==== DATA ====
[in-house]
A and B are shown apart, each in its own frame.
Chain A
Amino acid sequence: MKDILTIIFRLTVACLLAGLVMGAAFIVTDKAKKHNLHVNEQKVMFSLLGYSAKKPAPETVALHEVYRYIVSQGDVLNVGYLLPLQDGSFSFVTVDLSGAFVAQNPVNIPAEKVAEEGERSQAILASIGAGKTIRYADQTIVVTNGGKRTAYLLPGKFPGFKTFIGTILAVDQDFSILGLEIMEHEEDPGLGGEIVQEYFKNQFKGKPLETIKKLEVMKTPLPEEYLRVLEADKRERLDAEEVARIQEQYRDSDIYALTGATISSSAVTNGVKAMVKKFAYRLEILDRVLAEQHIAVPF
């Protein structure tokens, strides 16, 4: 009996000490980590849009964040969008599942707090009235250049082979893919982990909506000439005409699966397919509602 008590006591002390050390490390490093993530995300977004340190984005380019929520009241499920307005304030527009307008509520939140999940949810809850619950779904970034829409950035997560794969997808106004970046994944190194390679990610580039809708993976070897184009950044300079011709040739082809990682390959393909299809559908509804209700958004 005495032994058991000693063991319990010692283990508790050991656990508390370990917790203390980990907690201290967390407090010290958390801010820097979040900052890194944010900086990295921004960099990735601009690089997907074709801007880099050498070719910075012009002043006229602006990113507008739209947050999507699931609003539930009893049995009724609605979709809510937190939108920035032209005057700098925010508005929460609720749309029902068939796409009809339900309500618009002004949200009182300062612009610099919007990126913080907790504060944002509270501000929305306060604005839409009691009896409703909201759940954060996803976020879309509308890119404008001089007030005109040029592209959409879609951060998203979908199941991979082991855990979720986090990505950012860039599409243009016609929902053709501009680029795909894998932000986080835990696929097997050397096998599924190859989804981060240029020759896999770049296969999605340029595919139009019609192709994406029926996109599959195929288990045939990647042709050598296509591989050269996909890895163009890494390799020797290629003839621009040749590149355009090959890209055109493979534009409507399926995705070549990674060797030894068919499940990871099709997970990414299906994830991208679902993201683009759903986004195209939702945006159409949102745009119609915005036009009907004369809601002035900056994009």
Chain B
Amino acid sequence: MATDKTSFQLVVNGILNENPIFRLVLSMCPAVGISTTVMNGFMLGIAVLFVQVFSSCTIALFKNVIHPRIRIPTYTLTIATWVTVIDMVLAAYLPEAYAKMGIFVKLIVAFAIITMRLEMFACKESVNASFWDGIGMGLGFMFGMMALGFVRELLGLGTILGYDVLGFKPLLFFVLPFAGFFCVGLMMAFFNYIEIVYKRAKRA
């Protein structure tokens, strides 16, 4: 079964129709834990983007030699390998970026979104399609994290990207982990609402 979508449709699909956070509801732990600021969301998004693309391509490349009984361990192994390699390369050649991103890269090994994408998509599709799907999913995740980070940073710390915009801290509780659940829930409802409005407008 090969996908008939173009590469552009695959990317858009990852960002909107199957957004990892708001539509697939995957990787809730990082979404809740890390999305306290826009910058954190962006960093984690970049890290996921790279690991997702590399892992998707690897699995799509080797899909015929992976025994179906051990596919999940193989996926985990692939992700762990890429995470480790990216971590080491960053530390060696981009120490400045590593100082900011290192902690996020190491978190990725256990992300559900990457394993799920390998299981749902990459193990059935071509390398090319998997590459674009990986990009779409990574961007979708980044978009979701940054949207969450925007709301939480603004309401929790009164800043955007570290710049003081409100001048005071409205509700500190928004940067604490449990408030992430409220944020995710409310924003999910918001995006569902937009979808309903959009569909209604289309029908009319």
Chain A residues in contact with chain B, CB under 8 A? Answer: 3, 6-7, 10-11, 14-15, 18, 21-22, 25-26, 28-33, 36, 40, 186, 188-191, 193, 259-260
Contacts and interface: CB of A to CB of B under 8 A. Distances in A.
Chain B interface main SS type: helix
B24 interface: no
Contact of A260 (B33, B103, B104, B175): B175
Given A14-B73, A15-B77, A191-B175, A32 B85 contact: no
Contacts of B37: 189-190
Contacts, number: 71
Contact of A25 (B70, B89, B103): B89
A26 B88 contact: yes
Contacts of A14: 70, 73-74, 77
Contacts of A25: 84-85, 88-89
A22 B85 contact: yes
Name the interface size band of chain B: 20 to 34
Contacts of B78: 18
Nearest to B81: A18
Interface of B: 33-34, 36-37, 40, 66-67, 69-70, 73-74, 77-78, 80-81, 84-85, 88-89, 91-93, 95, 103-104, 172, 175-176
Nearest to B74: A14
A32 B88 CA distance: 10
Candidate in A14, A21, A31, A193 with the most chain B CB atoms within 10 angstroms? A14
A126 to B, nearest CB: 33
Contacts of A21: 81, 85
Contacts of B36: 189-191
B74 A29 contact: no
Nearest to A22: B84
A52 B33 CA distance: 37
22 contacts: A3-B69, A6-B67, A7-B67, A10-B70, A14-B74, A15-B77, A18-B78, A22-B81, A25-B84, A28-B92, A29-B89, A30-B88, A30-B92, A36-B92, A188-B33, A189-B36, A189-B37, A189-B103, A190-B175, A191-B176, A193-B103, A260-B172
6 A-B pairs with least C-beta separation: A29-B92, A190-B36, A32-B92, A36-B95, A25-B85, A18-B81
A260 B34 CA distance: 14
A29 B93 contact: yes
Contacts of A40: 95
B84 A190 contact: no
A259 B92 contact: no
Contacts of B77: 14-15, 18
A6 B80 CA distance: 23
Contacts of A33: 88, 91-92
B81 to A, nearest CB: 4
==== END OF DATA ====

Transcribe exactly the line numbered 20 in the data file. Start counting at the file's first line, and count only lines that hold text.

Contacts of A25: 84-85, 88-89